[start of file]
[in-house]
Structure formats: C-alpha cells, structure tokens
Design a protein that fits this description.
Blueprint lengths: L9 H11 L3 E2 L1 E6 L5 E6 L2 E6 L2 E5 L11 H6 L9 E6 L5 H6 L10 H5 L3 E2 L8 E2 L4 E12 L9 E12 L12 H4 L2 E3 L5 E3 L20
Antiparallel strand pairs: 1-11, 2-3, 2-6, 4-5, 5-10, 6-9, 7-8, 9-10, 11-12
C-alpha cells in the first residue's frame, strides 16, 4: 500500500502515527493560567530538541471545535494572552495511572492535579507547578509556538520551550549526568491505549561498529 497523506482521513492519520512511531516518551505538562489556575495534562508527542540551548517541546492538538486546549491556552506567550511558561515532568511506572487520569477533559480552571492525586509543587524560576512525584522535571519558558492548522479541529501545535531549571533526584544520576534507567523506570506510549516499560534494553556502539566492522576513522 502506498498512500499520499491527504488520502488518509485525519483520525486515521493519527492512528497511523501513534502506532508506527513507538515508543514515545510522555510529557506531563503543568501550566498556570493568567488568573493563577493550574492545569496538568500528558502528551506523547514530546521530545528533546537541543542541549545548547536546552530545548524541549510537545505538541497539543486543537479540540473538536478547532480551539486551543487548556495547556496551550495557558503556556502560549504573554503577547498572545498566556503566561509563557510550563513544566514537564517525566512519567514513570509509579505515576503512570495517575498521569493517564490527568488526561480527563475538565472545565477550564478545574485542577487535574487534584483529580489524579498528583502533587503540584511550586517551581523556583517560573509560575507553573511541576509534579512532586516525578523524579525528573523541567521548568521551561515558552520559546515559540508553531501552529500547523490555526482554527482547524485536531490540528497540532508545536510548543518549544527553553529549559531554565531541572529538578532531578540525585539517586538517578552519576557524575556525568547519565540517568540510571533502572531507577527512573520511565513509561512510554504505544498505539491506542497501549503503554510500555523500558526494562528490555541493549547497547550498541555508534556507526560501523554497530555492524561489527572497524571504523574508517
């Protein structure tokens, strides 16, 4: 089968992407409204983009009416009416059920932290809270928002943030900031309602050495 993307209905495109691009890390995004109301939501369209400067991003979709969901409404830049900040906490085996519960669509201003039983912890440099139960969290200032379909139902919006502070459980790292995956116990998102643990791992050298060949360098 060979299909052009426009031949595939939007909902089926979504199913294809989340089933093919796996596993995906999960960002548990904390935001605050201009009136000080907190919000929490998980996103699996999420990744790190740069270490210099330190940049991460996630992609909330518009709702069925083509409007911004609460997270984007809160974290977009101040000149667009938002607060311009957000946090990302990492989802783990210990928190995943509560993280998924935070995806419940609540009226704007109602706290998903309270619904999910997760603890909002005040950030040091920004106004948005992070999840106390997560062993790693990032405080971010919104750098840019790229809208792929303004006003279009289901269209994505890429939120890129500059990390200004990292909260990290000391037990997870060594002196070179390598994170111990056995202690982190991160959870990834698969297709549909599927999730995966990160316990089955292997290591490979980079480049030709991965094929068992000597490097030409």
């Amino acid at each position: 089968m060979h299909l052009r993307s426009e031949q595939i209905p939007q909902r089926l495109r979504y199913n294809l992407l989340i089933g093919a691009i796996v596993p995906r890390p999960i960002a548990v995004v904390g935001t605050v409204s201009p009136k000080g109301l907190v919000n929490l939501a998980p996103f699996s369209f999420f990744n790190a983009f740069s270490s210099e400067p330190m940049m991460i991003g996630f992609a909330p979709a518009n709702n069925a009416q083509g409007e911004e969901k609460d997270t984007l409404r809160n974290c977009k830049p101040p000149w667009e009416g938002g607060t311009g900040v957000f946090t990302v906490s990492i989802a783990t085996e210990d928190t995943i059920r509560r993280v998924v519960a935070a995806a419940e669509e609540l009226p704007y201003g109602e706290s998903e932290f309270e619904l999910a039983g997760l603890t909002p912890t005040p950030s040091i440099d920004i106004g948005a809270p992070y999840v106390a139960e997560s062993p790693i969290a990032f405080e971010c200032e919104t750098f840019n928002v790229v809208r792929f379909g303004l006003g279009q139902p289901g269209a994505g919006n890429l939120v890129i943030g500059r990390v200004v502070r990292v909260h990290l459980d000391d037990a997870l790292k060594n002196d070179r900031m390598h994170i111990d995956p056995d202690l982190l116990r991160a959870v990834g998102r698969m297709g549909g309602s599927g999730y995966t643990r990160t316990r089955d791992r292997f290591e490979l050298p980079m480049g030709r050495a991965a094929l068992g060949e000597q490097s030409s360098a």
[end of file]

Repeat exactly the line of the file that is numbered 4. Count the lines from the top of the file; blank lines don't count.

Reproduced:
Blueprint lengths: L9 H11 L3 E2 L1 E6 L5 E6 L2 E6 L2 E5 L11 H6 L9 E6 L5 H6 L10 H5 L3 E2 L8 E2 L4 E12 L9 E12 L12 H4 L2 E3 L5 E3 L20